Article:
How Tax Changes Resulting from Brexit Can Affect Trading

This article was written by freelance writer Zak Goldberg.

While many investors in the United States haven’t been overly concerned about the outcome of the UK’s referendum and resulting vote to leave the European Union, there are some very good reasons to perhaps be a bit troubled. Of course, Brexit doesn’t necessarily pose any real financial threat in the immediate future, however, the timeline of Brexit could cause some major disruptions in trade, beginning with the EU and panning out to the US as a result. Here are a few ways in which tax changes resulting from Brexit could impact trade with the United States.

Initial Concerns Impact Trade with Britain’s Leading Trade Partners

According to the International Business Times, many large International corporations are currently weighing the possibility that increased tariffs and taxes could interrupt access to services and goods originating in the EU, and necessary for continued production in the UK. Oddly, not only are they worried about an interruption of trade with the UK, they are also fearful of an interruption of trade with the EU as well.

Investments in the UK Grinding to a Halt

Bearing in mind that the UK is a major trade partner with many of the nations in the Eurozone, it stands to reason that investments in the UK will be halted due to this uncertainty going forward. The IB Times piece goes on to point out that the interconnectivity of global commerce will cause a spiraling outward recessive effect in major economies around the globe. Will it lead to an outright recession of a global nature like that seen in 2008 and 2009? It is uncertain at this time, but the possibility is great enough that investors are increasingly reluctant to invest in the UK and in the Eurozone as well.

What Tariffs and Taxes Could Be Imposed?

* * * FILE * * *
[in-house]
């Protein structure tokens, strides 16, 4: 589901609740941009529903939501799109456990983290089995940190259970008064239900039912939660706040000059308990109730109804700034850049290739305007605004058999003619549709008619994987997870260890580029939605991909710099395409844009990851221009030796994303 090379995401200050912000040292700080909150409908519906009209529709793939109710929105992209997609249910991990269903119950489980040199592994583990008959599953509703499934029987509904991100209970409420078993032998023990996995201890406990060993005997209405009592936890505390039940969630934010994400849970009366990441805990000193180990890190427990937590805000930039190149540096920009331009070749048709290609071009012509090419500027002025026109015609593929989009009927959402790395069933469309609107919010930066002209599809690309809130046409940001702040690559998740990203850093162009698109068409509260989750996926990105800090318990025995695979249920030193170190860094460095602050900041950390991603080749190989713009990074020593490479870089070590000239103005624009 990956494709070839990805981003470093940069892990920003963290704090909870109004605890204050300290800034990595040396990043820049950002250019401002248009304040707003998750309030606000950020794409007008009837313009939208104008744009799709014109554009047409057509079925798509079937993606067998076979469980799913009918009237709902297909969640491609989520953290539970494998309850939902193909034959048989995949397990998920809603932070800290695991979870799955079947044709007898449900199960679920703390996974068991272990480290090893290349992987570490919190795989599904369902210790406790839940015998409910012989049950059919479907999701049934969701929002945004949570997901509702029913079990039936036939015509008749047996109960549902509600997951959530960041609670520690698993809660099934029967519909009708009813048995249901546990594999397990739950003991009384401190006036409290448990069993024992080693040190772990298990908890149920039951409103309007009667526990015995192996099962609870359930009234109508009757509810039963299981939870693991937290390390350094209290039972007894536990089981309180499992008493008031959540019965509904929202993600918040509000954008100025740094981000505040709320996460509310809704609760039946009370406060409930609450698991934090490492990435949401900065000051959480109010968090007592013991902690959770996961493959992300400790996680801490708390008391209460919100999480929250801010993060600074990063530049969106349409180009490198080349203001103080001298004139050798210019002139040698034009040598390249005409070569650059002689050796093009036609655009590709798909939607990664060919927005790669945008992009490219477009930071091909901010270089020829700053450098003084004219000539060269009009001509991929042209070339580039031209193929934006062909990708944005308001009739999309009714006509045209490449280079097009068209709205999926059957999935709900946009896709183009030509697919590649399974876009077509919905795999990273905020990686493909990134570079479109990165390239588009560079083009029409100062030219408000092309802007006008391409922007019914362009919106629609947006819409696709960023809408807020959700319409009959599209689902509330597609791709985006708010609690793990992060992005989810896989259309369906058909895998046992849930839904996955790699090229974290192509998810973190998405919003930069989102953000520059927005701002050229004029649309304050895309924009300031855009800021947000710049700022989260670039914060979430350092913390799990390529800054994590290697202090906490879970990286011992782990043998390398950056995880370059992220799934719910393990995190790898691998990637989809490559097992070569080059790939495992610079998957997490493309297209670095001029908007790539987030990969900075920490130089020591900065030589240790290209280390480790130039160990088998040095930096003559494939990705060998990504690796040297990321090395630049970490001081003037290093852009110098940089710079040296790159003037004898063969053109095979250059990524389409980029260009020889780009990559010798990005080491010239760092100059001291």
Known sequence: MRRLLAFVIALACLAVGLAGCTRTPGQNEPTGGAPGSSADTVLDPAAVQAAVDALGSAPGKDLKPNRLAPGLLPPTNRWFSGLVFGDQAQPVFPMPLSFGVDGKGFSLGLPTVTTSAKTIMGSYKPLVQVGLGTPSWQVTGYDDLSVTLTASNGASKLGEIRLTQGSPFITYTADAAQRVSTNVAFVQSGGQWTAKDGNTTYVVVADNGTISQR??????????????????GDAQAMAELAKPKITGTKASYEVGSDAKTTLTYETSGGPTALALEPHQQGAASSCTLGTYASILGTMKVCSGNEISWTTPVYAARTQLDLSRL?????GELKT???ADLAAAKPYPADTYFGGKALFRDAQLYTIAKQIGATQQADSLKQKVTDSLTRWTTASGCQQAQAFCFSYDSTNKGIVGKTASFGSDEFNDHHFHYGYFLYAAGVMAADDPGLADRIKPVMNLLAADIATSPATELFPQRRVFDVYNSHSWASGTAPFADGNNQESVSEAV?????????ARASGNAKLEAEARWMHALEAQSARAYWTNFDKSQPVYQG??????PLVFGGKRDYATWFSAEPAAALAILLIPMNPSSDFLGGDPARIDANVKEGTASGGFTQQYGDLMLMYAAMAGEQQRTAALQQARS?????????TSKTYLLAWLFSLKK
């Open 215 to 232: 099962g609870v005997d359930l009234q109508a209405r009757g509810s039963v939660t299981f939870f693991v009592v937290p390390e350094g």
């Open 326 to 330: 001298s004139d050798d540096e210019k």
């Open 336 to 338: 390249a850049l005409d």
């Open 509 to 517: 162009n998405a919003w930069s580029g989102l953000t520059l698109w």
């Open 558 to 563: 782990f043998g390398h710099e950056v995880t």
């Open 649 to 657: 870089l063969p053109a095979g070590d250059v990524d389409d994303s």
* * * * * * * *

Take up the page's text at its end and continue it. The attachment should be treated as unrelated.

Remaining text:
There is a mixed bag of possibilities that could result from Brexit and it all depends on how the UK decides to treat leaving the EU. In some instances, tariffs and stamp duties would be high, in other instances there would be no stamp duty and limited tariffs. Everything is dependent on which path for leaving is negotiated. As it stands now, tax and tariff changes could follow one of the following four paths:

1. WTO – As a member nation of the World Trade Organization, there will be no impact on taxes or tariffs between the UK and member states. The rules governing these taxes/tariffs give no preference to Single Market countries, so trade with WTO nations would remain unaffected.

2. FTA – If the UK follows a path similar to that which they have with Canada, a Free Trade Agreement, tariffs would almost certainly be imposed and there would be no access to the Single Market.

3. In the path of Switzerland – The UK could sign a bilateral agreement, such as that between Switzerland and the EU, which would offer limited access to the Single Market and there would be no guarantee that trade would be tariff free. If the UK went this path in Brexit, freedom of movement throughout Europe would not be altered in anyway and the UK would continue to comply with any of the same obligations they currently have in terms of making a contribution to the expenditures within the EU.

4. Following in the path of Norway, Liechtenstein and Iceland, the UK would maintain access to the Single Market and would be in a position to avoid duties and tariffs, which would be preferable from an economic standpoint. However, it appears as though there is little hope for this option as the UK’s driving force in a Brexit ‘leave’ vote was their opposition to freedom of movement and their responsibility to continue support of financial obligations aimed at shoring up weaker economies.

Given that it appears as though the UK will almost certainly choose one of the first three paths for a final Brexit, it is almost a certainty that there will be continued concern in trade with the UK. Major economies around the world will be reluctant to invest much until everything has been decided as taxes and tariffs will drive prices up and as the pound is already down to a value lower than it has been in decades, this is not inspiring confidence in investors. On the flip side, the EU wants to push single access to the UK as part of the Brexit plan. It will be interesting to see this play out.

At this time, it appears as though the impact of Brexit will have global implications, not just with the United States and Europe but with Asia as well. Being some of the UK’s largest trade partners, Japan and China, for example, will not want to be paying higher prices resulting from EU taxes and tariffs. In turn, this will slow trade, maybe to a halt. All financial and market analysts are watching closely to see how the UK will negotiate leaving and at that point, the world will have a better idea on how to forecast trade going forward.

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